Up, Up and Away with January's Previews

Jan 31, 2021
Cover of Superman: Red and Blue #1

Whilst I can't say I wouldn't rather be down the pub again, the monthly peruse through the Previews and DC Connect catalogues remains a perennial joy, even via the slightly restrictive medium of Zoom. There's a real feast for the eyes in this month's issues - with a new wave of stories from DC, gorgeous variants from Marvel and the independents producing more beautiful artwork than you can shake a gnarly staff at.

Don't forget that if anything here sets your comics taste buds to drooling, a quick message to your local comic book retailer will help them make sure you get your copy on time. We're running a tiny bit late this month so make haste!

Here's a run down of what gave us pause in issues due for release in March. Comments added to mine by PCG regulars Matt, James and Kenny.

Kenny: There have been few recent series that have captured a large scale, world-altering event combined with personal loss like Daniel Warren Johnson's Wonder Woman: Dark Earth. Now he brings his thick-inked artwork, reminiscent of some of my favourite creators, to Thor's horse-faced compatriot in Beta Ray Bill #1 as the titular hero faces Fing Fang Foom! Fantastic material for his style of monsters and superheroics.

Jo: We're celebrating some decades in March: writer Steve Orlando is looking to party on down to the Everglades for Man-Thing's 50th anniversary with a three-parter, Avengers: Curse of Man Thing #1 - teaming him up with the Avengers feels like the right direction for Big (Green) Ted and it's great to see one of our other favourite green giants, She-Hulk, front and centre on the cover - and Wade Wilson, looking all of his 30 years, probably a couple of times over, gets to celebrate a whole bunch of birthdays in the Deadpool Nerdy 30 #1 compilation - he appears to be wearing a certain metal mitten belonging to Thanos on the cover: that can't go well, surely?

Composite of Michael Cho Two-Tone variant covers: (clockwise from top left) Thor, Iron Man, Black Widow, Black Panther

In one of the first articles here on our new site, we talked about Marvel's season of Alex Ross variant covers and upcoming in March we're now looking forward to Michael Cho taking a turn, with a themed set of variants spanning the wide range of titles in the Marvel stable. All in striking monochrome with single colour highlights, a little reminiscent of David Aja's series of Scarlet Witch covers, they look to be highly collectible for fans of graphic design and those seeking striking representations of their favourite characters alike.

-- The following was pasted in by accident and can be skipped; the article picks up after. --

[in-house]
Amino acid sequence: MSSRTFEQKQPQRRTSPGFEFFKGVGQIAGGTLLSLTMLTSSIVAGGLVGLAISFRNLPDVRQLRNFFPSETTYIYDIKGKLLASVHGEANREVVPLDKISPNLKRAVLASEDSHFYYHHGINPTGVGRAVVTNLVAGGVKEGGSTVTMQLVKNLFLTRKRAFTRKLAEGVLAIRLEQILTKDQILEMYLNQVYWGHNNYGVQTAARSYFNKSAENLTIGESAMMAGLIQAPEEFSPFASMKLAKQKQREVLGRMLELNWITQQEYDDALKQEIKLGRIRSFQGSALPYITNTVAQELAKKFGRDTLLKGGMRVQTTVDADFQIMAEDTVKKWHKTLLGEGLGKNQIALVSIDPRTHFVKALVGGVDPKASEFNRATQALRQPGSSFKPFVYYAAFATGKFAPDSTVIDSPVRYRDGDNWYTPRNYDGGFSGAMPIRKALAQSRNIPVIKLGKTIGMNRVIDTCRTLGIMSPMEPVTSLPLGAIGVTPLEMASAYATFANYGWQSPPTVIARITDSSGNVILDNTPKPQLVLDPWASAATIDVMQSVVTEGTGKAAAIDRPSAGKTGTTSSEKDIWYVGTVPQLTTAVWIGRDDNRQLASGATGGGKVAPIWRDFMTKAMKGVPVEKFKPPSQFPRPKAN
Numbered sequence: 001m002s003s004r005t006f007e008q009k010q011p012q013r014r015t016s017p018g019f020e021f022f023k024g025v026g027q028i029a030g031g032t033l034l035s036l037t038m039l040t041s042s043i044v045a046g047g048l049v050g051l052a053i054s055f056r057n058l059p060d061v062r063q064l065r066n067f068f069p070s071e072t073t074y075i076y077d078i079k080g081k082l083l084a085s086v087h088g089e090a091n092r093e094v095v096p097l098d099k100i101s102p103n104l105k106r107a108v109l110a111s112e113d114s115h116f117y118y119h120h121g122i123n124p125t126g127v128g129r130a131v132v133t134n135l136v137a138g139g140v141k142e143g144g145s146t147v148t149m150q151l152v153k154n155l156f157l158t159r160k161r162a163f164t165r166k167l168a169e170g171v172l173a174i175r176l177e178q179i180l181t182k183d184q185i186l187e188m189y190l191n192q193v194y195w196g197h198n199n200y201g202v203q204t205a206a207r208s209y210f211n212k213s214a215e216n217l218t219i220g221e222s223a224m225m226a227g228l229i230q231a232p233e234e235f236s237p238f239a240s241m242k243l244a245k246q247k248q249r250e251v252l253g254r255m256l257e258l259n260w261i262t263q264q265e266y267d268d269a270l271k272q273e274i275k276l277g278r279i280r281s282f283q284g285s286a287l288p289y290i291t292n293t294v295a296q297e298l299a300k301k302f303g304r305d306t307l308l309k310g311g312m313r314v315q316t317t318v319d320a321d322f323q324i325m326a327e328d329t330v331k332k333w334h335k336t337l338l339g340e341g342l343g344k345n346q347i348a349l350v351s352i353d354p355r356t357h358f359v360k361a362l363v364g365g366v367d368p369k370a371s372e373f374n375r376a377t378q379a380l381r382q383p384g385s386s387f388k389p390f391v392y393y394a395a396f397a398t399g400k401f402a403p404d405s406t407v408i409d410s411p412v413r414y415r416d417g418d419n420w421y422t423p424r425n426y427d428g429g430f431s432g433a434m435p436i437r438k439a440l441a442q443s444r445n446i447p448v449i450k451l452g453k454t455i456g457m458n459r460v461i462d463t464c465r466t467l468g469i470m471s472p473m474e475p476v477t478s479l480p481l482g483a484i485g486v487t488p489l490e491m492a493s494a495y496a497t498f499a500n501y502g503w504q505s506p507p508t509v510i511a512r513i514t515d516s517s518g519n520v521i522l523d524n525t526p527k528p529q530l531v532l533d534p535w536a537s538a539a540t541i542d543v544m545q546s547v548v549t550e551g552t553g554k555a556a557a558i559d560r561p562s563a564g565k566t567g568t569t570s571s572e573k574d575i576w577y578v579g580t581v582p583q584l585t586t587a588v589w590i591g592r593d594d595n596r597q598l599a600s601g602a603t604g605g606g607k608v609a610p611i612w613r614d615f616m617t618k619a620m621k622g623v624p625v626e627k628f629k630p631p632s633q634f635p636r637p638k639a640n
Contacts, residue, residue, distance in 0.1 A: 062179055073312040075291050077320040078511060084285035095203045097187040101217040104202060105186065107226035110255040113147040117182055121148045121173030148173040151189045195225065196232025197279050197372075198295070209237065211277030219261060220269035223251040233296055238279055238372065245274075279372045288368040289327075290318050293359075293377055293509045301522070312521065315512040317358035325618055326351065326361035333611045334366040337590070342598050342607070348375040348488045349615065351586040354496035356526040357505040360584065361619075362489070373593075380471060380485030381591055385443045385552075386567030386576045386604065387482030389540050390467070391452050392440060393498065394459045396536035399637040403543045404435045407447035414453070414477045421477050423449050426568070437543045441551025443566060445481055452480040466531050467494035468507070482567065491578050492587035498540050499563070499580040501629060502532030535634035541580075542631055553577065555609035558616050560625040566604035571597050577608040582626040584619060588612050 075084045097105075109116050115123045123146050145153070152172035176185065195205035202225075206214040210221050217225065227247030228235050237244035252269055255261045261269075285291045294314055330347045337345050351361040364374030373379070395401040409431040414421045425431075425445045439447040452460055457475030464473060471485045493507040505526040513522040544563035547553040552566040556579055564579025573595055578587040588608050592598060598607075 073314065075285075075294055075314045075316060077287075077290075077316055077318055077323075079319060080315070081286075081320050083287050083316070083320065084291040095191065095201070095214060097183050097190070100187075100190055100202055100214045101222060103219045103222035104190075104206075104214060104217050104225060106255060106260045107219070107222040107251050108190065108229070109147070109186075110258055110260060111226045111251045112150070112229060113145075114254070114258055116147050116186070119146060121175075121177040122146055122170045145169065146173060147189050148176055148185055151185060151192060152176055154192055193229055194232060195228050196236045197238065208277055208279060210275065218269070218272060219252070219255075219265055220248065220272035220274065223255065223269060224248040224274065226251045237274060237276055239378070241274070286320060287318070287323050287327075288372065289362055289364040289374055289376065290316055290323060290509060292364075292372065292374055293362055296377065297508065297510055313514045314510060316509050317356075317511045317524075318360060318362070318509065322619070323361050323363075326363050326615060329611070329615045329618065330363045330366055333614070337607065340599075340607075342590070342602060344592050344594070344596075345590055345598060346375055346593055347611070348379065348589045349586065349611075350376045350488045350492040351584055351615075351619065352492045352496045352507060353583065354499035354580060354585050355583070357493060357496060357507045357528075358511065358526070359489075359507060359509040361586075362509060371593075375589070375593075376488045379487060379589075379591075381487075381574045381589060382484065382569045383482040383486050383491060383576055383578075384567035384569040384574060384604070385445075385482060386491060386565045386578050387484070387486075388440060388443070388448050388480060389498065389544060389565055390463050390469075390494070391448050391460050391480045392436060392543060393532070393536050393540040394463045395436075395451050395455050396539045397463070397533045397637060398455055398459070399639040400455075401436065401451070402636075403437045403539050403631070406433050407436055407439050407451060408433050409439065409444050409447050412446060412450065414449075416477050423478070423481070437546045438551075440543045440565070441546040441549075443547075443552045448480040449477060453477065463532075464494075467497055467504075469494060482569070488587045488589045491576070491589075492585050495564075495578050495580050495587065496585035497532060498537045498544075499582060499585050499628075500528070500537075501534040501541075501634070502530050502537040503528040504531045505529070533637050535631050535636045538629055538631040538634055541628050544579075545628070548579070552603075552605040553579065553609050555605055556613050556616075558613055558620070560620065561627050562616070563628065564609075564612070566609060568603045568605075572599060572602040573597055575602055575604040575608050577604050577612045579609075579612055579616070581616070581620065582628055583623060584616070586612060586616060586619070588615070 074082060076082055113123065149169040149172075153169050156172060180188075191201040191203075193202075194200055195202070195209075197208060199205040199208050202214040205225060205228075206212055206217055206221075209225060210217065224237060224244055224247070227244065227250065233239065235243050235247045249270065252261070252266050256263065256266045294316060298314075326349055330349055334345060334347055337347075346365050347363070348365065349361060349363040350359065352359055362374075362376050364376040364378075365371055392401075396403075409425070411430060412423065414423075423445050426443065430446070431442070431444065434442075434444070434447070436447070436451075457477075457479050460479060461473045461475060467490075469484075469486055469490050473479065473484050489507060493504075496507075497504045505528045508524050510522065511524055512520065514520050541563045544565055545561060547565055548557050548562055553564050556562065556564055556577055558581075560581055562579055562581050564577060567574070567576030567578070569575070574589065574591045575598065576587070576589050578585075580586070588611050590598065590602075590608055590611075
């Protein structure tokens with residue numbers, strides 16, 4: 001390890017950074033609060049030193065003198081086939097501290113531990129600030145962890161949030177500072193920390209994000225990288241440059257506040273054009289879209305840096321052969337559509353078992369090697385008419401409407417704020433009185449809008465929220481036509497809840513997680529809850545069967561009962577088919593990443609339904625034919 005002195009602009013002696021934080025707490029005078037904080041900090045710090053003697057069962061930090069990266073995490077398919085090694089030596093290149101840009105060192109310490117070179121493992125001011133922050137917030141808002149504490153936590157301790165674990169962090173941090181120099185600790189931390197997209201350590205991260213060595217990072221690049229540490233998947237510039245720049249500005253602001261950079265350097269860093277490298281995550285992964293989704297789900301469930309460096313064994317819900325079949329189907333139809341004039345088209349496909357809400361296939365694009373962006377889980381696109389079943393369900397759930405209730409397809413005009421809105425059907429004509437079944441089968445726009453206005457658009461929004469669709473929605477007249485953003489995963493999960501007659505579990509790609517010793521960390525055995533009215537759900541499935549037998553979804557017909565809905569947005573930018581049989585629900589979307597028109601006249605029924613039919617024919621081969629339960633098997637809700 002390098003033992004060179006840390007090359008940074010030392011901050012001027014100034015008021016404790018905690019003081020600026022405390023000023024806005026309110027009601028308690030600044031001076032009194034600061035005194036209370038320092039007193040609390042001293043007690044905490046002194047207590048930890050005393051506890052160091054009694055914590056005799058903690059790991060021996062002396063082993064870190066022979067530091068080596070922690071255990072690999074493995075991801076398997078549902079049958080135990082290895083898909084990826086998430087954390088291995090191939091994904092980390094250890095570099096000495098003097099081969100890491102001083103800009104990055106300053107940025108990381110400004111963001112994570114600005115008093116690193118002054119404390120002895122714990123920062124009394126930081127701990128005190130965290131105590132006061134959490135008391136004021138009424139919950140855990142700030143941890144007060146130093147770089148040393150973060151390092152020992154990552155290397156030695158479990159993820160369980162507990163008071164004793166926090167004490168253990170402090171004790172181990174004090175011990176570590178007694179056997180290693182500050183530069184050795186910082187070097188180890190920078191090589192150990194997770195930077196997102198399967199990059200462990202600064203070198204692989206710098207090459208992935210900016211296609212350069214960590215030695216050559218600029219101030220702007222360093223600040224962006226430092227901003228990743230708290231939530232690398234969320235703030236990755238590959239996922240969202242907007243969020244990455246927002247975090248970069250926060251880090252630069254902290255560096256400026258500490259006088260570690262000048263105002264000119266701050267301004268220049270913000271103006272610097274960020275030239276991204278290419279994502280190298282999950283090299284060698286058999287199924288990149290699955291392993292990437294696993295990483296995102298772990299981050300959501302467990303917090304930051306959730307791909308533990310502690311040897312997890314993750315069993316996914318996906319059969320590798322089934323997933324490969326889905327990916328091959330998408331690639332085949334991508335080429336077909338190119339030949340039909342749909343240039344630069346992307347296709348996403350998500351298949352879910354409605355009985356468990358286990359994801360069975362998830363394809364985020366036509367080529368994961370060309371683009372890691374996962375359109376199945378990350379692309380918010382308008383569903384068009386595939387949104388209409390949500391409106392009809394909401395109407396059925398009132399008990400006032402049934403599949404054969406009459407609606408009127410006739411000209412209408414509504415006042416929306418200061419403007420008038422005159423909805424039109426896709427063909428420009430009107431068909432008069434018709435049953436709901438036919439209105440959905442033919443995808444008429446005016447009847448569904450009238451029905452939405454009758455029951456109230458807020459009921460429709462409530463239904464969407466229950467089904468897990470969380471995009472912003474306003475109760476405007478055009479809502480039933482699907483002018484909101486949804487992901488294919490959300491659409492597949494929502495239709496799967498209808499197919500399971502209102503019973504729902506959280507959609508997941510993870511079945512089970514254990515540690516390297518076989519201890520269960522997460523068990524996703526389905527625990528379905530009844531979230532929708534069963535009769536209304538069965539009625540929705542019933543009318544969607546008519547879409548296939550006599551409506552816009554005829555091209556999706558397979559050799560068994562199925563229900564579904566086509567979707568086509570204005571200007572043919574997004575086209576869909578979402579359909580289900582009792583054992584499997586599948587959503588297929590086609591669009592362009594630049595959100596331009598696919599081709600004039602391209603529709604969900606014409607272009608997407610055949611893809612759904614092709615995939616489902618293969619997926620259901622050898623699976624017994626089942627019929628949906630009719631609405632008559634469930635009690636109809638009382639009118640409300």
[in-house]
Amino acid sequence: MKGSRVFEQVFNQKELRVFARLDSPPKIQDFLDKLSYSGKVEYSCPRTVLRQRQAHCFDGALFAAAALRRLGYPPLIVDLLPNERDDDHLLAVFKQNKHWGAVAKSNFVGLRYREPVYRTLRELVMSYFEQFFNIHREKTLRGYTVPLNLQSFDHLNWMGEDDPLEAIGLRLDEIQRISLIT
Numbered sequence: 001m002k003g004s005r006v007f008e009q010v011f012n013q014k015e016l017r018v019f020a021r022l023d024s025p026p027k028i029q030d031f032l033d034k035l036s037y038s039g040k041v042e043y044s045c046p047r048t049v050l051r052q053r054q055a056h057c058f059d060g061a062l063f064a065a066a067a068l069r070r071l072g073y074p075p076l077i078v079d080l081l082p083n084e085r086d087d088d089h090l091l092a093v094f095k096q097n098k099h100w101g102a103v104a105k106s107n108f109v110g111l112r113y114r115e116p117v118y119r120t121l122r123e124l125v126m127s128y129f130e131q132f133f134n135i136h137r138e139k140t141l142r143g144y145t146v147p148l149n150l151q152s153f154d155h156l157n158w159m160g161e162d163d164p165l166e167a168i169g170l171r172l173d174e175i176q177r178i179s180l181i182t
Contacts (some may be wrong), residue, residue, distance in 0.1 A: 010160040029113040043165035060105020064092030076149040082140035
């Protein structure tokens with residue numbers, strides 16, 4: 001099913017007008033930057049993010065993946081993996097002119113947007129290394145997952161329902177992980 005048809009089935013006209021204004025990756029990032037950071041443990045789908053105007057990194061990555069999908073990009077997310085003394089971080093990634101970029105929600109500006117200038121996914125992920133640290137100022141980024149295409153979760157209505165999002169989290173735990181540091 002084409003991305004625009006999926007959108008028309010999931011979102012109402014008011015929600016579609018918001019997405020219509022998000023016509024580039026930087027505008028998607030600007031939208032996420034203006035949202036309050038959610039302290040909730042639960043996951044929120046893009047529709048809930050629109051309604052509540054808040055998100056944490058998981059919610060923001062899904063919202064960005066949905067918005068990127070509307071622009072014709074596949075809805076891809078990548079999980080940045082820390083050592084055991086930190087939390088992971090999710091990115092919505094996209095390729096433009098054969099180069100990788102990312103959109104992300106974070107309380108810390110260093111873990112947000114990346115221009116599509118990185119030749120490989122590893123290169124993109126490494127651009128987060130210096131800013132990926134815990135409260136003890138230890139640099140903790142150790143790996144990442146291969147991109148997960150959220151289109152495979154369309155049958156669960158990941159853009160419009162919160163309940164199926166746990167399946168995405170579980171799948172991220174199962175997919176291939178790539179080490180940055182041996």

Jo: I know that many comics folk treat events like DC's Future State with a certain level of scepticism, but personally I've enormously enjoyed the books I've picked up so far. DC have taken a different approach, rather than diverting their main books to whichever event is 'in' that month, they instead paused many of their main titles and tried something quite different, using the last-second reinstatement of the multiverse in the Death Metal storyline to give, well, a whole multiverse of non-canon options. Pausing the main titles means that there's no need for incoming stories to pickup the Future State threads, so lots of bright fresh new storylines should be the result, right? Well, Infinite Frontier #0 seem to suggest that will be the case - a bumper-sized tasting platter, if you like, of where our favourites will be heading next, with all the star-studded creator goodness you'd hope to see appearing in a DC line-up. 

Yasmin Putri cover of Sensational Wonder Woman #1

My particular pick for this new batch of tales is Sensational Wonder Woman #1 - the premise that Diana has been trapped in an alternate universe by Doctor Psycho is almost enough on its own, but add Hawkgirl (a secret favourite of mine), Stephanie Phillips on writing duties and wrap it in an absolutely captivating cover by Yasmin Putri and I reckon I'd be mad not to snap this up - and wow, it looks like it's only 99¢! 

A plethera of Supermans